Mariachi musician Moises Rivera, 60, waits for a gig in the Boyle Heights area of Los Angeles, home to many Mexican and Central American migrants, on Aug. 9, 2014.
Los Angeles is a culturally thriving city and one of the most ethnically diverse in the United States, with a population that is 48.5 percent Latino and 11.3 percent Asian, according to a 2010 census.
The Latino population in Los Angeles is in itself diverse. Along with a large Mexican population, many Guatemalan and Salvadoran immigrants infuse their cultural traits into urban life.
A man cooks meat in a shopping cart in the Westlake area of Los Angeles on Aug. 6.
Historically a Jewish neighborhood, the Fairfax district has in recent years become a hotspot for trendy boutiques and nightlife. Nevertheless, many old businesses remain.
A man walks past the kosher Schwartz Bakery in the Fairfax district of L.A. on Aug. 14.
Mimi Pineda, 15, whose parents are from El Salvador, rides to church in a limousine with her friend Christian Flores, 17, during her quinceanera in Santa Clarita, just north of Los Angeles, on Aug. 23. Quinceanera is a rite of passage celebrated on the fifteenth birthday of many female Latino teenagers.
Koreatown is among Los Angeles' most culturally-diverse neighborhoods. Despite the name, it is majority Latino, but Korean-owned businesses dominate the area and many Korean-Americans maintain strong ties to the area.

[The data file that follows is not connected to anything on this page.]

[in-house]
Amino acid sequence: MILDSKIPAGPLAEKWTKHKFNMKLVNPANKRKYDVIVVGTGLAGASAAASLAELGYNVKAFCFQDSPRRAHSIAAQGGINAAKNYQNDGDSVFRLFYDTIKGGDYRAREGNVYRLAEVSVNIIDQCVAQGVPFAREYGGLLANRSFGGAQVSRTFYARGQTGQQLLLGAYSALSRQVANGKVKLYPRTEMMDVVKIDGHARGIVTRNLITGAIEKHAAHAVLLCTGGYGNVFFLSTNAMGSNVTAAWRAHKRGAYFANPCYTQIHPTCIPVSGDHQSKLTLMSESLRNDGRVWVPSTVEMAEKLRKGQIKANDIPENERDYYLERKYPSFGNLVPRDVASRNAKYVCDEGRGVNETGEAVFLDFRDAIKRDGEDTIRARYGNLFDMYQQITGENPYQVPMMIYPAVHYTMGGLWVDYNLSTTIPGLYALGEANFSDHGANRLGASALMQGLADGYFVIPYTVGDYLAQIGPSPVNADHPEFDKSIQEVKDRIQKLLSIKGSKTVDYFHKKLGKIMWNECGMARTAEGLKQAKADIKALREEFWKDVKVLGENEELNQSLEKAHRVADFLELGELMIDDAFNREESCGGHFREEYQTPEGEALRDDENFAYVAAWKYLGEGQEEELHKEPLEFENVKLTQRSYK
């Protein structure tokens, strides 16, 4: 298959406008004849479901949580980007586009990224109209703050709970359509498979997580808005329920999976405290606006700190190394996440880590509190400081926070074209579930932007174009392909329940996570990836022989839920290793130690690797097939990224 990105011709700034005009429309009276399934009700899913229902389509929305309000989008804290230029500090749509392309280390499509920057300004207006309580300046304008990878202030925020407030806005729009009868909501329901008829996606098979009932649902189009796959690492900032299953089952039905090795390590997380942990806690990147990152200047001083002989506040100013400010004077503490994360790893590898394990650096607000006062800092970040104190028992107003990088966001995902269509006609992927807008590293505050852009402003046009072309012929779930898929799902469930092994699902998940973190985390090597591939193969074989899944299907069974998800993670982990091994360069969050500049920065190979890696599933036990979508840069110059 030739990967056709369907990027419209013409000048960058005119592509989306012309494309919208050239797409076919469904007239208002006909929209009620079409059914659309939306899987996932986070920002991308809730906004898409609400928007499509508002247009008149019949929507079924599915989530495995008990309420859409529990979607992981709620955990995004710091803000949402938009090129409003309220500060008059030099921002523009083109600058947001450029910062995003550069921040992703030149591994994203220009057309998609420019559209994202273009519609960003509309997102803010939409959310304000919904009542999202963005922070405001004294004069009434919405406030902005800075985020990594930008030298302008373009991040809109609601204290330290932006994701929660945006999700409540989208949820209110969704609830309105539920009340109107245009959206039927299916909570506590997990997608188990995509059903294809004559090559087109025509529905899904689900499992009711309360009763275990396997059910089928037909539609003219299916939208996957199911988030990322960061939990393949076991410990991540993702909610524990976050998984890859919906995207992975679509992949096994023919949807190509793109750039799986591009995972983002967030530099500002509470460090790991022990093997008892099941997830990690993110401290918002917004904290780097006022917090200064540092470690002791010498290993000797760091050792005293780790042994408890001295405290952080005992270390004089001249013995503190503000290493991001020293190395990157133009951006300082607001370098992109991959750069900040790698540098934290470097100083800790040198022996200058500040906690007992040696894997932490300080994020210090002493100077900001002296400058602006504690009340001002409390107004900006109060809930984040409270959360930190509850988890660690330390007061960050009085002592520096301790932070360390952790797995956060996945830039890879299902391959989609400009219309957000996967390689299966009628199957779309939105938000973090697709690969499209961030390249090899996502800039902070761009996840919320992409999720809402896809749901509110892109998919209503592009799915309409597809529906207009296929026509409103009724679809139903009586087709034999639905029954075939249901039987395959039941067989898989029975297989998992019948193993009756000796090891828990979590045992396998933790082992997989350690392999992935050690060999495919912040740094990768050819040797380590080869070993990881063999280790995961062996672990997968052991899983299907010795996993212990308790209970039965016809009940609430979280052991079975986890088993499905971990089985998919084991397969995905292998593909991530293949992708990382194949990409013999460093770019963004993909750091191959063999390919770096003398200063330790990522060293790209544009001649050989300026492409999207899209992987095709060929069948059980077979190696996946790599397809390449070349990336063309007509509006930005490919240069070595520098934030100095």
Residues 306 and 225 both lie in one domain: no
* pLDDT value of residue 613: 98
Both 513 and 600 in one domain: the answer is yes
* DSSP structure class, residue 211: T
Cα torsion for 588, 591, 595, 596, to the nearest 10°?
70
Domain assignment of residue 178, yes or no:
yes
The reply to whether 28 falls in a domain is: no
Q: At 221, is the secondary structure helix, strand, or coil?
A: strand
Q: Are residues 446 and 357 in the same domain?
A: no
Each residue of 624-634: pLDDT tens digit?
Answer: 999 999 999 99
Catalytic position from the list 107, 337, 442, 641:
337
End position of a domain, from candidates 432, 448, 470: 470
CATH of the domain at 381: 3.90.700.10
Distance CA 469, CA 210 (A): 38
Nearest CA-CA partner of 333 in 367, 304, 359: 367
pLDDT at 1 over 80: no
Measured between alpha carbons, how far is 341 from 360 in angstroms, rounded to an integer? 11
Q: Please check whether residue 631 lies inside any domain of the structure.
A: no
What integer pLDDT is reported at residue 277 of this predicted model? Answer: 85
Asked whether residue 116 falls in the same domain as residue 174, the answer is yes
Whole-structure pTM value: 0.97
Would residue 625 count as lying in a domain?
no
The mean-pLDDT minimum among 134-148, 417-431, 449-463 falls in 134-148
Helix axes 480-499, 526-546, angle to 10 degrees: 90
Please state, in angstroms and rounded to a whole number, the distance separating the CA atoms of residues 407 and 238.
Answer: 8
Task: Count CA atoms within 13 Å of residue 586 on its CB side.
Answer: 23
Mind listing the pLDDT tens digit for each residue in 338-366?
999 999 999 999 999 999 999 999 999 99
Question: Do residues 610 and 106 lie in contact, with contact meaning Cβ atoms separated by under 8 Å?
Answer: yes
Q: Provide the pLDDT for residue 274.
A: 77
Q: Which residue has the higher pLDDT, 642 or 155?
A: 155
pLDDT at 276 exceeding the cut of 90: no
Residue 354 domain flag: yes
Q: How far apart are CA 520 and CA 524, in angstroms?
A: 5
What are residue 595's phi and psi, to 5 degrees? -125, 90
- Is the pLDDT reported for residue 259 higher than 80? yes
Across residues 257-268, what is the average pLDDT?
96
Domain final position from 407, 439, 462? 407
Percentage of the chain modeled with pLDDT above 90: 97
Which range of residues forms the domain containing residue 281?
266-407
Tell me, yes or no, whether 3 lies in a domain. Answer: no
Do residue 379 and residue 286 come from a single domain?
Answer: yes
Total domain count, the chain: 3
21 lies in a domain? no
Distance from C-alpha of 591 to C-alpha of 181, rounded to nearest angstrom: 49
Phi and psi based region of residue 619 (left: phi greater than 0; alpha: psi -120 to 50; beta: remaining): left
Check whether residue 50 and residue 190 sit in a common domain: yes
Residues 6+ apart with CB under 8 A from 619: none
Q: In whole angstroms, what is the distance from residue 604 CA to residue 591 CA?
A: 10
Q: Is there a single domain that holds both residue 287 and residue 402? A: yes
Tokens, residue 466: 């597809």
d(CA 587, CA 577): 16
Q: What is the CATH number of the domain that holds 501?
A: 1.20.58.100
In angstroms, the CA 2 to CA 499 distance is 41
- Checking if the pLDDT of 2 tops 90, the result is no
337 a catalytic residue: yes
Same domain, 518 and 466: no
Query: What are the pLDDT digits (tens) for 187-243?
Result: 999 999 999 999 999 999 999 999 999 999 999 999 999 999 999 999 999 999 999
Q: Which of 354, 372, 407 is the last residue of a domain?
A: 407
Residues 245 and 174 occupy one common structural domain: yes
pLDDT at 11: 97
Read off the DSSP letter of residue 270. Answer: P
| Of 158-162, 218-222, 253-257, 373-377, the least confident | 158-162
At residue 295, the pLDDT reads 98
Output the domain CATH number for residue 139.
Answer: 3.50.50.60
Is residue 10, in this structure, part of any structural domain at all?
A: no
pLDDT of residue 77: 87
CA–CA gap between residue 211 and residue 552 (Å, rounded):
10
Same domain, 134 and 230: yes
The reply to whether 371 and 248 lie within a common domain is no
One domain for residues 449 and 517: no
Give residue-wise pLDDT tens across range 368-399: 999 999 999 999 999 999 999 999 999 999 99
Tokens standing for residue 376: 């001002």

A woman cycles past a mall sign in Korean in the Koreatown area of L.A. on Aug. 12.
Little Ethiopia, a small strip in mid-city, is home to several Ethiopian and Eritrean restaurants that have occupied the area since the early 1990s. Many Ethiopians live near the district, and consider it the epicenter of their community in Los Angeles.
A woman poses for a photo in Little Ethiopia on Sept. 14.
Johney Yu, second from right, 75, who emigrated from China 40 years ago, and Diana Yang, left, who emigrated from China 28 years ago, practice tai chi at a daily class in Alhambra, home of many Chinese and Vietnamese migrants on Aug. 14.
A man walks past a mural in the Echo Park area of L.A. on Aug. 5. In recent years, Echo Park has experienced a wave of gentrification that has brought a mixture of ethnic groups to the neighborhood along with several new businesses. Nevertheless, Echo Park remains home to many Mexican and Central American migrants.
Najara Apraku, 28, holds her 11-month-old son Selassi Ra Shabaka as she walks with her husband Jamaiel Shabaka and son Kwame Negast Shabaka in the Little Ethiopia area of Los Angeles on Sept. 14.
Miyako Cai, second from left, 26, chats with friends as she walks out of a Japanese supermarket in the Little Tokyo area of Los Angeles on Aug. 10.
Little Tokyo was once home to a tightly-knit Japanese community, most of which was displaced in 1942 during the incarceration of Japanese Americans. The neighborhood remains strongly tied to Japanese culture and many Japanese-owned businesses occupy the district.